US imposes stiffer sanctions on Iran over attack on Saudi oil facilities

Donald Trump
Donald Trump

President Donald Trump has ordered stiffer sanctions on Iran over the recent drone strikes on Saudi Arabian oil facilities.

Yemen’s Houthi rebels had claimed responsibility for the strikes which cut five per cent of the daily global oil supply but the US said the rebel group did not have the capacity to carry out such strike.

“It’s very easy to start. If we have to do something, we’ll do it… we’ll be adding some very significant sanctions against Iran,” Trump had earlier said.

Asked if he’s looking at a military strike, the president said: “We’ll see what happens… there’s the ultimate option and there are options less powerful than that … the ultimate option meaning go in, war.”

Speaking on Wednesday after a meeting with Mohammed bin Salman, Saudi Arabia’s crown prince, in the oil-rich kingdom, Mike Pompeo, the secretary of state, described the attacks as an “act of war”.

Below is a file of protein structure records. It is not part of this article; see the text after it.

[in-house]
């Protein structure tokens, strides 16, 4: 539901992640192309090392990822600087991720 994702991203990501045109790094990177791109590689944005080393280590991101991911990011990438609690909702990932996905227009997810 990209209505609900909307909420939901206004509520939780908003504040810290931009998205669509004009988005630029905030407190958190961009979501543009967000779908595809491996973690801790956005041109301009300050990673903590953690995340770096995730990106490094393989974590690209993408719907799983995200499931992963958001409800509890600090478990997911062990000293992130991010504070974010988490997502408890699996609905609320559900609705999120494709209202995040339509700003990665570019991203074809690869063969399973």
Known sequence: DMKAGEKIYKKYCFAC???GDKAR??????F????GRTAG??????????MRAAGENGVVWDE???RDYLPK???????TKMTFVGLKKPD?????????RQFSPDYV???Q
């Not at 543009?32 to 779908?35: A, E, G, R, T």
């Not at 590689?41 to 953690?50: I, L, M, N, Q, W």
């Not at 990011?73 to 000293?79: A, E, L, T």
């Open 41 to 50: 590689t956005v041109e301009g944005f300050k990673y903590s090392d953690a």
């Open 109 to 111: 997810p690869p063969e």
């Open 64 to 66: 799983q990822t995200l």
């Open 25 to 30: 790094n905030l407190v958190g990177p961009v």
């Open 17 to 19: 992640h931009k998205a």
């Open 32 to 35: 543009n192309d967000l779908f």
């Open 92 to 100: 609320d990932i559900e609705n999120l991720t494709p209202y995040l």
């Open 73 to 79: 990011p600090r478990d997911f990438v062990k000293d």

“This was an Iranian attack. We were blessed there were no Americans killed in this attack, but anytime you have an act of war of this nature, there’s always a risk that could happen,” he said.

“That’s my mission here, is to work with our partners in the region. We will be working with our European partners as well.

“We’re working to build out a coalition to develop a plan to deter them. The intelligence community has high confidence that these were not weapons that would have been in the possession of the Houthis. As for how we know, the equipment used is unknown to be in the Houthis’ arsenal.”

The Saudi Arabian military authorities also claimed they have evidence from surveillance cameras that showed that Iran was responsible for the attack on their oil facility.

“This attack was launched from the north, and was unquestionably sponsored by Iran,” said Turki al-Maliki, a military spokesman said.

“This attack did not originate from Yemen, despite Iran’s best effort to make it appear so.”

Some experts have warned that with the projected production shortage of 155 million barrels per month as a result of the strikes, oil prices could go as high as $100 — last seen six years ago.

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